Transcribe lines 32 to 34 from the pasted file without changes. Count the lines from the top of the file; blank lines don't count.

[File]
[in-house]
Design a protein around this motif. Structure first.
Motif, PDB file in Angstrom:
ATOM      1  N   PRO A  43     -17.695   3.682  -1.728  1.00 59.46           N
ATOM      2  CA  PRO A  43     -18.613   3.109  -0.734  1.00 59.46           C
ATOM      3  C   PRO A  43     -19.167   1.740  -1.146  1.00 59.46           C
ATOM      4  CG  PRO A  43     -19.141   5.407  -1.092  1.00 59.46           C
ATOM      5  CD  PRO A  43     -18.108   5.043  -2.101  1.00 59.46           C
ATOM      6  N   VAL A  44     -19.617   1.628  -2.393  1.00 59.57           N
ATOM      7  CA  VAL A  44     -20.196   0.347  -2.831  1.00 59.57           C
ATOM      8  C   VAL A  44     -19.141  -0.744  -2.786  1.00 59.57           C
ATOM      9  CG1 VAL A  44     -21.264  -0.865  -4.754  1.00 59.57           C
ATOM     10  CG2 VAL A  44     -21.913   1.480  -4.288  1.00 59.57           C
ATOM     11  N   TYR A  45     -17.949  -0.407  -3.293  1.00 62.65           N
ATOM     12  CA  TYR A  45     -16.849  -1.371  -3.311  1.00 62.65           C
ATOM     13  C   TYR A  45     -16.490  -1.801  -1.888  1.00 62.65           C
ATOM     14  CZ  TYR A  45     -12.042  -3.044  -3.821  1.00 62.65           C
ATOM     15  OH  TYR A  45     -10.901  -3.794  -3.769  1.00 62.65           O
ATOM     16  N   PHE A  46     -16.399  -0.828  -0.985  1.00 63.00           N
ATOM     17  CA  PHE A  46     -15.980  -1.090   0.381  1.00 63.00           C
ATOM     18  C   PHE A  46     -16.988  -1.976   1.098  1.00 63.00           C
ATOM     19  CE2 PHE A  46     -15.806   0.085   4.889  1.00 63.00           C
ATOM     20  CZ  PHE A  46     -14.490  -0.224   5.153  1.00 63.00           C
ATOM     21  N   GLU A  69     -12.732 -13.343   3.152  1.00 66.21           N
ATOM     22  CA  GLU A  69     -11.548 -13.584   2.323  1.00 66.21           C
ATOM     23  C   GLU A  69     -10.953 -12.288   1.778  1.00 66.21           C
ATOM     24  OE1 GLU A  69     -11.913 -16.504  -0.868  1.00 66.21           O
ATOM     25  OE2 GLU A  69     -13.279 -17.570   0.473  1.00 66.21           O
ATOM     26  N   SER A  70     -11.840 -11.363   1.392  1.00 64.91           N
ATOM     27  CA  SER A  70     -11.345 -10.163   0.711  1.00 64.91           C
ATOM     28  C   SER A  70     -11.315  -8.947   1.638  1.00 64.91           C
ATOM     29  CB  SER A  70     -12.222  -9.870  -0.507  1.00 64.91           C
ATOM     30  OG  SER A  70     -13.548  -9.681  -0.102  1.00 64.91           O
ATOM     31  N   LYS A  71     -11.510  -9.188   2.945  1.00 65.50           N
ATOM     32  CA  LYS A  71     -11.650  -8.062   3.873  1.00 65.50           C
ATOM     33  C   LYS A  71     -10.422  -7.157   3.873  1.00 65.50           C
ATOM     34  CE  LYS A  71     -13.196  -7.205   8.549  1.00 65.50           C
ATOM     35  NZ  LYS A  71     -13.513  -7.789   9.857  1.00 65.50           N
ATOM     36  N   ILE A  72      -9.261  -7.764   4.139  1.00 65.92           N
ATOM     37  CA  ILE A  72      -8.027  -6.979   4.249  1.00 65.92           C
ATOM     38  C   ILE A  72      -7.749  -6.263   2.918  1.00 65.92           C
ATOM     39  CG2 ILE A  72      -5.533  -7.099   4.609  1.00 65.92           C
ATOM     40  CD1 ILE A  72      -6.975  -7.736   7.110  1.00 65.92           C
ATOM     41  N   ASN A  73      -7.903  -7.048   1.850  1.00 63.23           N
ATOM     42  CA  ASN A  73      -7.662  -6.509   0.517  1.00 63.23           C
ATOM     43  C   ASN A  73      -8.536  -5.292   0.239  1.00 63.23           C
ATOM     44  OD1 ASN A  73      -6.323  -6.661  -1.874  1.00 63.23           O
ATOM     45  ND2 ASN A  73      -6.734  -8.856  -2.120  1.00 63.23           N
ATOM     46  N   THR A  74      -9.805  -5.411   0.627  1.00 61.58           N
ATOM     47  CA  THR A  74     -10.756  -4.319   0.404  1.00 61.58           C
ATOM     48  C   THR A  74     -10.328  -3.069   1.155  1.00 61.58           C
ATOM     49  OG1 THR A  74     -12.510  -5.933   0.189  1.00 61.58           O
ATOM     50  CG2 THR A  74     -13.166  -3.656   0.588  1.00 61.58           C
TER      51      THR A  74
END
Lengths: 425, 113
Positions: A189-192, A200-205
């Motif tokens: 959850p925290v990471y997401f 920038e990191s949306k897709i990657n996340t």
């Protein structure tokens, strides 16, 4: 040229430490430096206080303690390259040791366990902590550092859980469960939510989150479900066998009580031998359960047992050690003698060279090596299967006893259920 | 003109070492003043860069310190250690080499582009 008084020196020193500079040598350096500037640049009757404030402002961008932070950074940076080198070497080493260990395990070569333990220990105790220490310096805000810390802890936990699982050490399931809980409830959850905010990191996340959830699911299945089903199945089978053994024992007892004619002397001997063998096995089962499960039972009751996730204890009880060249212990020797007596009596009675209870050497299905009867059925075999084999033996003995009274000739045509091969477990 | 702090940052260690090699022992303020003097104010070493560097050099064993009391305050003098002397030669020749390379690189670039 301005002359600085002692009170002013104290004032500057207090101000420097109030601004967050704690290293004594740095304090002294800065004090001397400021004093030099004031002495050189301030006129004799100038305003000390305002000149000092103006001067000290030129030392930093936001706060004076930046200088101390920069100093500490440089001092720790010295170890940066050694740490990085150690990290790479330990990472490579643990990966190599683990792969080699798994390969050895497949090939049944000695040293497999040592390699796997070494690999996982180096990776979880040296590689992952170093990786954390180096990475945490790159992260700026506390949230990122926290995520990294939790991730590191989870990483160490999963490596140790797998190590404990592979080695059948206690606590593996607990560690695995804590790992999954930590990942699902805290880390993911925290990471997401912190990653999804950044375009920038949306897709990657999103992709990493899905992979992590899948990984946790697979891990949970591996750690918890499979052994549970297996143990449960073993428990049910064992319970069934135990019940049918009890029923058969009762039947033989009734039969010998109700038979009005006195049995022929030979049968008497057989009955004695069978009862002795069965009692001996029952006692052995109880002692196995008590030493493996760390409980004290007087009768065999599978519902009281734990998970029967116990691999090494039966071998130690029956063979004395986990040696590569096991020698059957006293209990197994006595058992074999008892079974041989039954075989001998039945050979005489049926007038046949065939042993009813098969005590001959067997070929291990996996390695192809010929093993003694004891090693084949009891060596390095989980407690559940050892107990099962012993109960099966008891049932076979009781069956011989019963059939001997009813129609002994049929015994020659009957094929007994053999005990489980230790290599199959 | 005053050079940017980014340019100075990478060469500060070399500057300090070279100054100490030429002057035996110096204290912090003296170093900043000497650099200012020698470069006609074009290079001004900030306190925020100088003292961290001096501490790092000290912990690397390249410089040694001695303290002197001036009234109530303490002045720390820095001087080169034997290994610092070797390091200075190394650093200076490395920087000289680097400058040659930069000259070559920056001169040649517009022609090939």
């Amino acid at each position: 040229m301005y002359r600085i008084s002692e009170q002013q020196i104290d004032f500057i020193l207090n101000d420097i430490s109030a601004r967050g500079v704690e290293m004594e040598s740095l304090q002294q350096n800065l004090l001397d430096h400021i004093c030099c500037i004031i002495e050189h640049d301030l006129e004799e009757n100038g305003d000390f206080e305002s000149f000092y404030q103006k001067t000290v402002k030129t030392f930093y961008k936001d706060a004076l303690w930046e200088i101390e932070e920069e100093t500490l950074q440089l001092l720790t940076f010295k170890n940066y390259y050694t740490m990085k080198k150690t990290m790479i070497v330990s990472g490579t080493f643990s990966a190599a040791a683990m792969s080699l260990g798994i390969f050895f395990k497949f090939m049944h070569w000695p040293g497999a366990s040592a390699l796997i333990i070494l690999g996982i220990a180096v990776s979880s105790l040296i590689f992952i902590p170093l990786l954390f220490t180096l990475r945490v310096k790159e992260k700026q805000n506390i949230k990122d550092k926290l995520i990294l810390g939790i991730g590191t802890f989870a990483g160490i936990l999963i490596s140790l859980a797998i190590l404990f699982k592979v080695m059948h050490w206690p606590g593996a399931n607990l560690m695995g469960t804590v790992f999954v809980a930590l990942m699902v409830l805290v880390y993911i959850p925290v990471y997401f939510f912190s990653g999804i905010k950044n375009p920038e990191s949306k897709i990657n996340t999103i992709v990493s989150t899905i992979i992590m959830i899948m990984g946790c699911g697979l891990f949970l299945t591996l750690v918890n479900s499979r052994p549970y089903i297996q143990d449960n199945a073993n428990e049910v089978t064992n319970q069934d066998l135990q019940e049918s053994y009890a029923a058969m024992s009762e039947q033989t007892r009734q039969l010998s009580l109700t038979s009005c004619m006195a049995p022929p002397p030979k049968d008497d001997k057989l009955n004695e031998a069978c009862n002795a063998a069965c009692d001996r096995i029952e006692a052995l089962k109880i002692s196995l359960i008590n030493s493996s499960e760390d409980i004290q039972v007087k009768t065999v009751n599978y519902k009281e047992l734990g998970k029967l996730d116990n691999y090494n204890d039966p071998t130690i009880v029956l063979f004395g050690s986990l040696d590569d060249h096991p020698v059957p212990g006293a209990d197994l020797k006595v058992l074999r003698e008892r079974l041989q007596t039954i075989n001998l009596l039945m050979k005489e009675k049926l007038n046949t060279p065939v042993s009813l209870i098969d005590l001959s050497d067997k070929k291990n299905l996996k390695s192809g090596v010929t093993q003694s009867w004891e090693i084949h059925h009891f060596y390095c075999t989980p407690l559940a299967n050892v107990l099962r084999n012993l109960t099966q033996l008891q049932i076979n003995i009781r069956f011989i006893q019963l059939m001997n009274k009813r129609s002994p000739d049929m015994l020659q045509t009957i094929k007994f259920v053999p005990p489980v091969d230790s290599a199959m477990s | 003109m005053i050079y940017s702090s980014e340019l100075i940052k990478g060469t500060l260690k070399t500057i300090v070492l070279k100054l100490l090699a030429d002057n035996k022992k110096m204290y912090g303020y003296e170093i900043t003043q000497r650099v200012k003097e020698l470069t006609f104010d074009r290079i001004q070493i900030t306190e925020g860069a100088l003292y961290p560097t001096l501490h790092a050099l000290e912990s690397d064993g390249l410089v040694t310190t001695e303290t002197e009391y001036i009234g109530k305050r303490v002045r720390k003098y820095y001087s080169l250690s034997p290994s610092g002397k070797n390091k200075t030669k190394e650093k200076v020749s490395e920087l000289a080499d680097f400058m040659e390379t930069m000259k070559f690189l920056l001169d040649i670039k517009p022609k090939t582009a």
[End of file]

ATOM     29  CB  SER A  70     -12.222  -9.870  -0.507  1.00 64.91           C
ATOM     30  OG  SER A  70     -13.548  -9.681  -0.102  1.00 64.91           O
ATOM     31  N   LYS A  71     -11.510  -9.188   2.945  1.00 65.50           N